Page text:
(“Say Goodbye” from Linzie Hunter, a recent addition to my art collection)
Years ago, when Rebel was a baby, I read an article in Mothering offering evidence crying was a necessary release, not only for those lacking verbal communication skills but for everyone. It serves as a release of tension, frustration, and mental claustrophobia — and also a valve through which we can let out an excessive amount of positive feeling: happiness, excitement, pure joy. Fuck that, I thought, Crying is for babies. And perhaps I even believed this, given that every relationship I’d ever been in had been with men who believed crying was a form of manipulation, something people (women) did to make other people (men) feel guilty or bad or otherwise horrible. I never agreed but also didn’t have much reason to believe (or self-esteem to argue) that they were wrong.
I find myself on the verge of tears this evening not because I am frustrated (though I am) or angry (ditto) but, rather, because I am happy. Not everything is as how I would envision a “perfect life” for myself, but that’s quite incidental to the fact that I am sitting here:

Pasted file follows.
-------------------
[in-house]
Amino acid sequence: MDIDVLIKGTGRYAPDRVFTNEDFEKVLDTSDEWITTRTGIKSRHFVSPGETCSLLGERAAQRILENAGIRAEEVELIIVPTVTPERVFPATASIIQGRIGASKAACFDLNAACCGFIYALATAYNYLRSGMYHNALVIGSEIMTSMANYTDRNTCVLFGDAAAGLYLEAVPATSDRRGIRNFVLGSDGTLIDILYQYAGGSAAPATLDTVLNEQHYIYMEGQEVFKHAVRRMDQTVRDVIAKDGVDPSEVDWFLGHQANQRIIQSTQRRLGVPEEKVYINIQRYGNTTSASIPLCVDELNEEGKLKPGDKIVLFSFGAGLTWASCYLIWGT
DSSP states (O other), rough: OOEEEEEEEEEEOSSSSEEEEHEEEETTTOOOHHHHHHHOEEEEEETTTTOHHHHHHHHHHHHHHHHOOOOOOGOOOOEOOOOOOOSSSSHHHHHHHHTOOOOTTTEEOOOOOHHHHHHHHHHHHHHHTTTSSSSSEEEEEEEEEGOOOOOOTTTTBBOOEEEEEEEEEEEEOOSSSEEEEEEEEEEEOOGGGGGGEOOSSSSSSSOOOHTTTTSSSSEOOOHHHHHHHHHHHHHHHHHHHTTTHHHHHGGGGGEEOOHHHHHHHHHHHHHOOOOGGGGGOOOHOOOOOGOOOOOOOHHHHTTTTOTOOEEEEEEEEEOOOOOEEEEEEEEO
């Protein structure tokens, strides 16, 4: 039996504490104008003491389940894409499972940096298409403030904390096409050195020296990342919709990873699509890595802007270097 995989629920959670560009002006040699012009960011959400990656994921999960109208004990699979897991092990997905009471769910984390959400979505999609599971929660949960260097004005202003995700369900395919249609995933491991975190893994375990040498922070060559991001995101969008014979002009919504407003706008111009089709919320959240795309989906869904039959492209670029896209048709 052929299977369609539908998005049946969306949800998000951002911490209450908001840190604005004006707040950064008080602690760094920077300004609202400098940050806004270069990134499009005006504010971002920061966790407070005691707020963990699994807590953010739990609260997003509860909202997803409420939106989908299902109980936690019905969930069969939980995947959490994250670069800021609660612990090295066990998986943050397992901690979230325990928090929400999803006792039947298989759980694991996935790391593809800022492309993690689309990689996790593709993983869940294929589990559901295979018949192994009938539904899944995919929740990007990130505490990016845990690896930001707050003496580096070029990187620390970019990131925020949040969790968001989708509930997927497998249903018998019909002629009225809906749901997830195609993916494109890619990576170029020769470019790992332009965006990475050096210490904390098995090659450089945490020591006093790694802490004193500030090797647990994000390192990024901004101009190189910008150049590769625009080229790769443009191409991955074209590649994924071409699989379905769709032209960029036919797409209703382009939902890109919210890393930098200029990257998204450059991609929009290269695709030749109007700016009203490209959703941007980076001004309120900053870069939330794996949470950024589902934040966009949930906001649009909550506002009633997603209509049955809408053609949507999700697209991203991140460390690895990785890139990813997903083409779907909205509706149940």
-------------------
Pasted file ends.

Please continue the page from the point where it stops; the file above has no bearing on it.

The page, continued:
- listening to music I don’t need to justify to anyone else;
- waiting for dinner to cook that I don’t have to convince anyone else is a “normal” meal;
- anticipating a reality TV show coming on that I owe no one else an apology for liking;
- living the “literary” life I’ve always wanted;
- exploring a new relationship with no expectation (on either side) of how either one of us should be or feel or act; and
- realizing life isn’t something to wait to happen, but something happening all around me.
There are a thousand loose ends strewn about my life, but none of them will undo me if it were to be yanked out from under me. My life has stopped being fragile, dependent upon others, or variable according to someone else’s mood or opinions, and has morphed into a menagerie of pleasant sentiments and small comforts and hearty laughs and little grins and quiet excitement and devilishly sweet everyday experiences that come together and make me realize, as I feel it all welling up, that crying may have once been for babies, but I’m not the person who said that anymore.